The majority then set forth that no canal with locks can fulfil these requirements and that the sea-level canal is the only type of canal that can give reasonable assurance of safe and uninterrupted navigation. They refer to three accidents in the preceding nine years arising from collisions between steamers and lock gates on the "Soo," and to three accidents of a like nature on the Manchester Canal, and to the disastrous results that would have followed such accidents at the locks
of larger dimensions and higher lift on the Panama Canal. They placed the estimated cost of a sea-level canal at less than $250,000,000, and thought that it could be completed in twelve to thirteen years. They strongly condemned any provisional treatment such as the construction of a lock canal.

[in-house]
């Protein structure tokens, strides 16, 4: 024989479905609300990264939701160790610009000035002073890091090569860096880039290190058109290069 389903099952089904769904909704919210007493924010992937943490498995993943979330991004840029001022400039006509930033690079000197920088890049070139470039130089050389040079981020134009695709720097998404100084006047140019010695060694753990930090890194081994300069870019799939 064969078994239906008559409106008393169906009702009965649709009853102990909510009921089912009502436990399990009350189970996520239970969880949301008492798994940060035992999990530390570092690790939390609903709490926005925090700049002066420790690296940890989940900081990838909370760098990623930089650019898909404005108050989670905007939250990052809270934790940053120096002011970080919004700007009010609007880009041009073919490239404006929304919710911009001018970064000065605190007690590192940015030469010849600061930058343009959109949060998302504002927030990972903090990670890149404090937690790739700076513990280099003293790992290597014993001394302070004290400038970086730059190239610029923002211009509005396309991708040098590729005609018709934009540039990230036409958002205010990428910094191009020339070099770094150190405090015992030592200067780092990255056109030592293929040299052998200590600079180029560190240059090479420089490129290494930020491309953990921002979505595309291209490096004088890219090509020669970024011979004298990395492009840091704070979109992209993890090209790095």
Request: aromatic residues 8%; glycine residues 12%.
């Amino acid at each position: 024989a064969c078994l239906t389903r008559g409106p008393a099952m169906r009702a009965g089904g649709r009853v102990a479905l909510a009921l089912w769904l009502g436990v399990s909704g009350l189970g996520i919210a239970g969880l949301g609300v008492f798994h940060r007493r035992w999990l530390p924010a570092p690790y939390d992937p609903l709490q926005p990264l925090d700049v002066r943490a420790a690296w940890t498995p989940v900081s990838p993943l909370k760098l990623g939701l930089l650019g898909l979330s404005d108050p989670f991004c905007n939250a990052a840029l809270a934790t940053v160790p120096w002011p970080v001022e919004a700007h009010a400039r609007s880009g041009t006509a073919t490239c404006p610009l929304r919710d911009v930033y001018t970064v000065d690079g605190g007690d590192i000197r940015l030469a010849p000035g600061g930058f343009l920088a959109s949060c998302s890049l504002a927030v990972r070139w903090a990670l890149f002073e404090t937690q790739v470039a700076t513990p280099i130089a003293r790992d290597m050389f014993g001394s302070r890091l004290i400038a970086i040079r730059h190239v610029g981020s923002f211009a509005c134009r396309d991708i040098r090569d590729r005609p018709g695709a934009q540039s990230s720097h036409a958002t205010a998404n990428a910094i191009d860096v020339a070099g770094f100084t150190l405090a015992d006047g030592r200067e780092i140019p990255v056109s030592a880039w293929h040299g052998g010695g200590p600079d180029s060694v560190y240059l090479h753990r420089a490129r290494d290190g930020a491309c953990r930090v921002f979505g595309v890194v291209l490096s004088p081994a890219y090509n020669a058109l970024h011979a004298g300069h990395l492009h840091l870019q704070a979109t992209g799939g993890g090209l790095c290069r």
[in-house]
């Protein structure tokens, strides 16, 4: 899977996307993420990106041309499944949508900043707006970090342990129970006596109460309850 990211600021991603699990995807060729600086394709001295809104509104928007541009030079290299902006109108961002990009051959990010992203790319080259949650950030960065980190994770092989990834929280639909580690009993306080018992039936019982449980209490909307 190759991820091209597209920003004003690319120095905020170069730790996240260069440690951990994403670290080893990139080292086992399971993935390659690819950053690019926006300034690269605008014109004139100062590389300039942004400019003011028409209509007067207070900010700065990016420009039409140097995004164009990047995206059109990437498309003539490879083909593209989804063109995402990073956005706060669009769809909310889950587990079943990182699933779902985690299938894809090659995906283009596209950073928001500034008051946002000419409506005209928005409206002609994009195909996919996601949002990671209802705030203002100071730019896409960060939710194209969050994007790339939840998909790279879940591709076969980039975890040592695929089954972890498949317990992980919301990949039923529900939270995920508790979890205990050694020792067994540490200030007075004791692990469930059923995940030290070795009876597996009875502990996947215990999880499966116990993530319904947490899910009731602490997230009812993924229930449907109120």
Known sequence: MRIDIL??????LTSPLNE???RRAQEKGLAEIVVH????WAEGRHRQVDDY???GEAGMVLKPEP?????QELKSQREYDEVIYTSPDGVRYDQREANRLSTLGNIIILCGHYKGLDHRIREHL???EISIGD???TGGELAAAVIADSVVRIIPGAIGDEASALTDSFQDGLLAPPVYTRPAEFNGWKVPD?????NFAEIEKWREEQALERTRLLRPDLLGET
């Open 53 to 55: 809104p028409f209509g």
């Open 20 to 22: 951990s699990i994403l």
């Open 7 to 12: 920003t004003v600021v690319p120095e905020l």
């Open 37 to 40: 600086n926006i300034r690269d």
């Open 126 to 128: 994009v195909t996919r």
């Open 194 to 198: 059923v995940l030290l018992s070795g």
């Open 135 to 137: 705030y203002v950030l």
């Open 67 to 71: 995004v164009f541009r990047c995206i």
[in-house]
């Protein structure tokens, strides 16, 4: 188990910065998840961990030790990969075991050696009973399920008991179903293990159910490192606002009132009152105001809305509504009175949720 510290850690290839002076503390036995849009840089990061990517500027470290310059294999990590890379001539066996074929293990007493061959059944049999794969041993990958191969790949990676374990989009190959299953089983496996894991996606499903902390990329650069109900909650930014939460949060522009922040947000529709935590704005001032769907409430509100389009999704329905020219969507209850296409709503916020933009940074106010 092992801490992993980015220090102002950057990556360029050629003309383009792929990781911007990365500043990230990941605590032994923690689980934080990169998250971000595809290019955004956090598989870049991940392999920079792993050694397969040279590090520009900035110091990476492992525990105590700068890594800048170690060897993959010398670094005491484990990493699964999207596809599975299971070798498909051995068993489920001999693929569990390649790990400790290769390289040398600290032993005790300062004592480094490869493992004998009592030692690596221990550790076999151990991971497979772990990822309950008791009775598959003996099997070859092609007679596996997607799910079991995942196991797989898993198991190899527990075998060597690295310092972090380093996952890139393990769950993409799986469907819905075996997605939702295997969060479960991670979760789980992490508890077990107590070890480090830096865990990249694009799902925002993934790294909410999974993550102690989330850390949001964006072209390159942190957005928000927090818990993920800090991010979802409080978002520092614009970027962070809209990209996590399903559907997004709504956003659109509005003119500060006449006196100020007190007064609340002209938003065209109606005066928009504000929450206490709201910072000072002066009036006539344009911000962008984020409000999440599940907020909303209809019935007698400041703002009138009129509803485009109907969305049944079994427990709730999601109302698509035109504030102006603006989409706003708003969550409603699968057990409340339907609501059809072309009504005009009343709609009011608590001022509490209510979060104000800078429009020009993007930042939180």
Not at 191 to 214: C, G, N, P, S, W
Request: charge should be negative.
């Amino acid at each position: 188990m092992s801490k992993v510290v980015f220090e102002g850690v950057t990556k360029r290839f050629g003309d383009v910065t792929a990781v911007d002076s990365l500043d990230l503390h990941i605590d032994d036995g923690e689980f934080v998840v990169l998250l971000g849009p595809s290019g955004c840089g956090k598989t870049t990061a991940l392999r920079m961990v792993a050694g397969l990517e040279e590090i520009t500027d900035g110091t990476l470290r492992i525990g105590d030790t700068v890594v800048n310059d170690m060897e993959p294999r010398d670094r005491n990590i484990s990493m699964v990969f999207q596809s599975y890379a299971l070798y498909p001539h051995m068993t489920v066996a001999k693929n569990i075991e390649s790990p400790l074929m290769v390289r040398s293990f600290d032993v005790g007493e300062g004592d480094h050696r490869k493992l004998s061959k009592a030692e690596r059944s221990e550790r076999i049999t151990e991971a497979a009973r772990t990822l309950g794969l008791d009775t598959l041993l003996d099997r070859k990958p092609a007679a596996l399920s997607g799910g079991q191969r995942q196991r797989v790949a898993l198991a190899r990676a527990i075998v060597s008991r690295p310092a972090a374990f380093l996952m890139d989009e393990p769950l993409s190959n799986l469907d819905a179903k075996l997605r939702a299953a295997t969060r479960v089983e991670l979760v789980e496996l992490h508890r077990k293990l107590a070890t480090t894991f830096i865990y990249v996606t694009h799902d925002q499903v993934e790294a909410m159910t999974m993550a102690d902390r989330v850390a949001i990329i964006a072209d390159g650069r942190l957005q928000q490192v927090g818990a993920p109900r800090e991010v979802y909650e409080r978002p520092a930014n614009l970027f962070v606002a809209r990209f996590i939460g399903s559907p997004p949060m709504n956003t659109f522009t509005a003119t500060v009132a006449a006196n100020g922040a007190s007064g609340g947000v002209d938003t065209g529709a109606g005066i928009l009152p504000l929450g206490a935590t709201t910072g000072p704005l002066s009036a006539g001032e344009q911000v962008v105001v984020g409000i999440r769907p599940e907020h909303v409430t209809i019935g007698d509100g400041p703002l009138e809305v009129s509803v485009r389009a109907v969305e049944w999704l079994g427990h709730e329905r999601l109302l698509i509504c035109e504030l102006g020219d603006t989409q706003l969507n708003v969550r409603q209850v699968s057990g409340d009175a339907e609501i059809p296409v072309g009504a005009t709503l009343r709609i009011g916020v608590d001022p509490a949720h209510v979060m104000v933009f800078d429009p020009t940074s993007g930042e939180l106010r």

It is interesting to find among these members Mr. Hunter, the chief engineer of the Manchester Ship Canal (which is a lock canal), who in a convincing statement explains why, although as a member of the Comité Technique, he favored the lock canal as best suited to the conditions under which the New Panama Canal Company was operating, he is now in favor of the sea-level canal.
As an offset to the recommendation of the majority, a minority of five members, Noble, Abbot, Stearns, Ripley and Randolph favored a lock canal for the following reasons: